Two pilots were killed Thursday when their air tankers collided in midair as they were helping to fight a large wildfire in southern Nevada, federal officials said.
The U.S. Bureau of Land Management suggested in a statement that the deceased were “contract pilots.” “Recovery operations are currently underway and initial notifications are still being made,” it said.
The sheriff in Lincoln County, where the collision occurred, didn’t respond to a request for comment Thursday night.
A National Transportation Safety Board spokesman said that neither aircraft was able to land.
The cause of the 12:55 p.m. incident wasn’t immediately clear, the Federal Aviation Administration said in a statement. There was one pilot aboard each single-engine Air Tractor AT8T, the department said.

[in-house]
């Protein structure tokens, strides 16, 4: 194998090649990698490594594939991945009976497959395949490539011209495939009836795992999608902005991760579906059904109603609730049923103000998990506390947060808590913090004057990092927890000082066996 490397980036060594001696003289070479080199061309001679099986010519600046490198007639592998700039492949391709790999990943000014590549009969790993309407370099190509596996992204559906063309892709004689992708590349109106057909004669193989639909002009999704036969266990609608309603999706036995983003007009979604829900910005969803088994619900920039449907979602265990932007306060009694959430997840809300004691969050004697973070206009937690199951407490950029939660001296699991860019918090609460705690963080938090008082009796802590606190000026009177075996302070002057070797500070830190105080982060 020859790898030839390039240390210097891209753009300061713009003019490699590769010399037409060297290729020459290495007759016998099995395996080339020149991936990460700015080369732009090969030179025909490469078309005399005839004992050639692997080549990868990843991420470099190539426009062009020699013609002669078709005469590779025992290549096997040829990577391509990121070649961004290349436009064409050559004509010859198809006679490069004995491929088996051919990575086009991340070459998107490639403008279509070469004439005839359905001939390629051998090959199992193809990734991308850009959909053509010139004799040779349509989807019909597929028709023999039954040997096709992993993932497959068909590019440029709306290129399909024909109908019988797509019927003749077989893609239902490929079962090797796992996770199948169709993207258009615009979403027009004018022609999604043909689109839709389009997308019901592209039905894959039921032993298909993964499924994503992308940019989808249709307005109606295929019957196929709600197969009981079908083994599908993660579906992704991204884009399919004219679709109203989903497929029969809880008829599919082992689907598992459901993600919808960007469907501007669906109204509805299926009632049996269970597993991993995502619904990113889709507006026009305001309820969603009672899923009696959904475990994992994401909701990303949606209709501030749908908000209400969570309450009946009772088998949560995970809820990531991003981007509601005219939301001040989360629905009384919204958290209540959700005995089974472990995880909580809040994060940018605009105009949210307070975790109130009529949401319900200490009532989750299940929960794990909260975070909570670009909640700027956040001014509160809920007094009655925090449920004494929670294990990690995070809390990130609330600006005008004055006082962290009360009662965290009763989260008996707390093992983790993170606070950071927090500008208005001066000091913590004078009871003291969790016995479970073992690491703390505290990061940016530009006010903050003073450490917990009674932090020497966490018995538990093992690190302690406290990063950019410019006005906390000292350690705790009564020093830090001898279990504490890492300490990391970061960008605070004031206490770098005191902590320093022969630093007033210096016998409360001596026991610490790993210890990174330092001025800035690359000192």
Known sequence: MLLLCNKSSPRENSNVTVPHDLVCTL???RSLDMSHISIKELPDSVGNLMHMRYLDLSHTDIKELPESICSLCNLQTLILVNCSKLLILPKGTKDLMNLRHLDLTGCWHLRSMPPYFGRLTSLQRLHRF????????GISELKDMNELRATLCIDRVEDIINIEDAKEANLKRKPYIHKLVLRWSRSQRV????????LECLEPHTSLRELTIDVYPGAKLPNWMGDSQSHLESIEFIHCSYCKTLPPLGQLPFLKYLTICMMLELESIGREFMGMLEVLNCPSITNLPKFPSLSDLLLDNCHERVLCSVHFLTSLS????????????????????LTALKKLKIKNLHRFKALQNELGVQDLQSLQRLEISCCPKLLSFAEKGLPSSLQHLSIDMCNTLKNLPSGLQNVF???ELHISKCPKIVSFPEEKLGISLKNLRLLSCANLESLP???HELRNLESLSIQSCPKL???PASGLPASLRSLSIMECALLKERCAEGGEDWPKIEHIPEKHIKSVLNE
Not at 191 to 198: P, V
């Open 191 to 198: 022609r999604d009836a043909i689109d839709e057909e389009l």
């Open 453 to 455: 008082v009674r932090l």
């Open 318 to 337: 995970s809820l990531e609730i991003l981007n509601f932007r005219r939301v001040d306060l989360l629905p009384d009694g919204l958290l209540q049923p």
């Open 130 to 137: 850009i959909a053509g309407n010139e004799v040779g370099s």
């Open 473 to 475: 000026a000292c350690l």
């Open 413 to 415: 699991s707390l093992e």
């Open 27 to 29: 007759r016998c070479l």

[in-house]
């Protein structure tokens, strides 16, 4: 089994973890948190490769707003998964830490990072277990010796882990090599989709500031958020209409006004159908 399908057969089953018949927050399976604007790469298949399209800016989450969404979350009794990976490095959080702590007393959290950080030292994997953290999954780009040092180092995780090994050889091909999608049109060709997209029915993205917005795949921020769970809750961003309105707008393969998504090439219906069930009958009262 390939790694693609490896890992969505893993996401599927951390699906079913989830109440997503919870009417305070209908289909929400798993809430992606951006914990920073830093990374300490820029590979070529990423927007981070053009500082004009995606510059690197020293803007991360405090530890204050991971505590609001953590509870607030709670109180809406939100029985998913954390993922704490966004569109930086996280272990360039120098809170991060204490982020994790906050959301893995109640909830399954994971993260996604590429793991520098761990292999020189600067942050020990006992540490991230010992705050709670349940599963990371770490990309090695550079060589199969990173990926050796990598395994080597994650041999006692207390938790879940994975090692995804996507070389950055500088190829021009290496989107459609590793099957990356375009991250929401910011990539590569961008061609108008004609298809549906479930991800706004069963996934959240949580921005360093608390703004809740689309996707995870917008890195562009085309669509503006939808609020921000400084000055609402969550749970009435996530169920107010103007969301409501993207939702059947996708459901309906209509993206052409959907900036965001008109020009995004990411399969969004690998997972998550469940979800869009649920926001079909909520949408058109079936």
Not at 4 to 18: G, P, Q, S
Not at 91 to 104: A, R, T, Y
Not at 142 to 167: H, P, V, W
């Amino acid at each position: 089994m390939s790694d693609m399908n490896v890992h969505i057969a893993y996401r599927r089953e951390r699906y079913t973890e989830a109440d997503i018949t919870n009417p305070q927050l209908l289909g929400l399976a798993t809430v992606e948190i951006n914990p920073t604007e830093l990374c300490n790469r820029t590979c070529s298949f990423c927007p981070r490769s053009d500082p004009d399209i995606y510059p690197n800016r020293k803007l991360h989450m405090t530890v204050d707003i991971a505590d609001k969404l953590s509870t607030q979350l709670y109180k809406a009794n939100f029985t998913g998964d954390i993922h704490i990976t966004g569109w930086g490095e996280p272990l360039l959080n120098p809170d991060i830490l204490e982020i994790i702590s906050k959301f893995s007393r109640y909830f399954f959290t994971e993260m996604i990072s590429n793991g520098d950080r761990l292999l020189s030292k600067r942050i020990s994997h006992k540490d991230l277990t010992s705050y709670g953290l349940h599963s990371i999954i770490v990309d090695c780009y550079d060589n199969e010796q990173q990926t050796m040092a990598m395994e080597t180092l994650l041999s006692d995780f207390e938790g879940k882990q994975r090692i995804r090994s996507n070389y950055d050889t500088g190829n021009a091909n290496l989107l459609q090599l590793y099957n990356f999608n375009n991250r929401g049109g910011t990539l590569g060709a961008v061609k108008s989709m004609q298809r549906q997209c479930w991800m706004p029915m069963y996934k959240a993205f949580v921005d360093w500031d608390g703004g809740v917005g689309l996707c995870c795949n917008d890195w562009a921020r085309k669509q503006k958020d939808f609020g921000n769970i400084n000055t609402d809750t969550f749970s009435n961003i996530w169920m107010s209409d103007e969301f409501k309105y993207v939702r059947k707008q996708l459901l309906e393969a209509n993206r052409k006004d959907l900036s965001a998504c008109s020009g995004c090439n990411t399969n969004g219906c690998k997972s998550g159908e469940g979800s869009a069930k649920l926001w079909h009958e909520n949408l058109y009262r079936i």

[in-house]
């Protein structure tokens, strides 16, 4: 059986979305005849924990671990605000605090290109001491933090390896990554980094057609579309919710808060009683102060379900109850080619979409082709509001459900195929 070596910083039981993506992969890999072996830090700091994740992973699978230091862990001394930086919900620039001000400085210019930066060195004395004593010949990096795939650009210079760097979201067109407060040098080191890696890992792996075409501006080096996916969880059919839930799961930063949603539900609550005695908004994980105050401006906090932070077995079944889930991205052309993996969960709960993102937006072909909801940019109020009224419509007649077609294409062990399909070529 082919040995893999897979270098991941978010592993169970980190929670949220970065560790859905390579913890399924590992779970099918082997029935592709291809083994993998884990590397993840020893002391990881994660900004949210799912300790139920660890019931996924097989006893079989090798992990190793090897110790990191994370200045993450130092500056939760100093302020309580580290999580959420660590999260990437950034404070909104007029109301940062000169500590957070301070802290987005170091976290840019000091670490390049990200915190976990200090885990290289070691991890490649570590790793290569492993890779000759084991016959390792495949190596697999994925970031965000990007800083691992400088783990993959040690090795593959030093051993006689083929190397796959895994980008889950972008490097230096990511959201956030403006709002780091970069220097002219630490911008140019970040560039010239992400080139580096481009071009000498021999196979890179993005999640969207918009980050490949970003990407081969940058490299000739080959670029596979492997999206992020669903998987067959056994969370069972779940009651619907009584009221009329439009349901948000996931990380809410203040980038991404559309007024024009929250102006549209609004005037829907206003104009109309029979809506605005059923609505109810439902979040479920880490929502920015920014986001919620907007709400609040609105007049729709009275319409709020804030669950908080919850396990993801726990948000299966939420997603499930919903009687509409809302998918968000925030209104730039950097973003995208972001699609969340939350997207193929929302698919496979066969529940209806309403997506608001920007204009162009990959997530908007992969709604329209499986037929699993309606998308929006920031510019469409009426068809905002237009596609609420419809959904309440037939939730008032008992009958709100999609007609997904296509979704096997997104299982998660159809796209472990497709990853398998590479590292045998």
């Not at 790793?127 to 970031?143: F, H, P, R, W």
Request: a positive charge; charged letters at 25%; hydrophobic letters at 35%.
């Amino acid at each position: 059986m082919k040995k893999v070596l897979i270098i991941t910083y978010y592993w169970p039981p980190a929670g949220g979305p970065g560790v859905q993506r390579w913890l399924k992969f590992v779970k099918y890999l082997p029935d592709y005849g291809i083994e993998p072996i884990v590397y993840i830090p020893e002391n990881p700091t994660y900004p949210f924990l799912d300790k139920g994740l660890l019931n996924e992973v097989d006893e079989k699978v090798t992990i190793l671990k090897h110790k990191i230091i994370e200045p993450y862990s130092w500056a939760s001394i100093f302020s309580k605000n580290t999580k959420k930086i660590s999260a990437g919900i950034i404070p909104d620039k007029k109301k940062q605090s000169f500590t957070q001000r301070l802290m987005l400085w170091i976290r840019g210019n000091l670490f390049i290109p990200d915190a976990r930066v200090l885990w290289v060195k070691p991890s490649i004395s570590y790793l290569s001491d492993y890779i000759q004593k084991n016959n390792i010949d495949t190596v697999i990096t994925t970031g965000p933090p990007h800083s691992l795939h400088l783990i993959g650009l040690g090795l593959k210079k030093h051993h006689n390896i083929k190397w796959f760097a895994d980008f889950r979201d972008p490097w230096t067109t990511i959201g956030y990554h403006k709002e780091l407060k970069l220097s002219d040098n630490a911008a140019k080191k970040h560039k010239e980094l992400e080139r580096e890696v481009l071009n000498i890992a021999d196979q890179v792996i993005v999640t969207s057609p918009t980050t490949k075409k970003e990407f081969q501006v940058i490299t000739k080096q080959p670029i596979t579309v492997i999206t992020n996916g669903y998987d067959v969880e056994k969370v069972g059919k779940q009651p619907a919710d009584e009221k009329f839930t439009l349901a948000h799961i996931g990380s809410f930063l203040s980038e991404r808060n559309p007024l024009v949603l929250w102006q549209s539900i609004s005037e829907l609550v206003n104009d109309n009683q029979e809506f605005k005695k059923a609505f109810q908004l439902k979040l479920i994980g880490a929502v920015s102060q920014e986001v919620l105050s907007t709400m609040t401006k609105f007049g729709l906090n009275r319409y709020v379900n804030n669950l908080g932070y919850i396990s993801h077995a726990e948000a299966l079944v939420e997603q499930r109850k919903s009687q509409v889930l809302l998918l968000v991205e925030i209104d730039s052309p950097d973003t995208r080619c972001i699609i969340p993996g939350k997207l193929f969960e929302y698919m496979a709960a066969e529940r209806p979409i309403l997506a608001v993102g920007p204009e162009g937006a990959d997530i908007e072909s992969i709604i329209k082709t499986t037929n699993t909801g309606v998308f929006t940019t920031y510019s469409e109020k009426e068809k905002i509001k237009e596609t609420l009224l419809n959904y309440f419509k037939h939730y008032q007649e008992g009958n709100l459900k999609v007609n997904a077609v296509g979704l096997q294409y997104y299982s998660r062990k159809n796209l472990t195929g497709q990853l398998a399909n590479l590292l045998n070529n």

The Bureau of Land Management said the cause was still under investigation.
The planes can drop as many as 800 gallons of fire retardant and are able to maneuver into areas that are harder to reach for larger tankers, the bureau said.
“We offer our sincere condolences to the families of the two pilots and to all those working with the BLM Nevada Ely District,” the Bureau of Land Management’s Nevada state director, Jon Raby, said in a statement.
The planes had been dispatched to help fight the Bishop Fire, a 14,000-acre blaze burning on federal land roughly 150 miles northeast of Las Vegas, according to Nevada Fire Information, a site with state and federal fire data.
The fire started Wednesday, the site said. Its cause was listed as “human,” though no additional details were available. The site said “extreme, record-breaking heat” could fuel the blaze.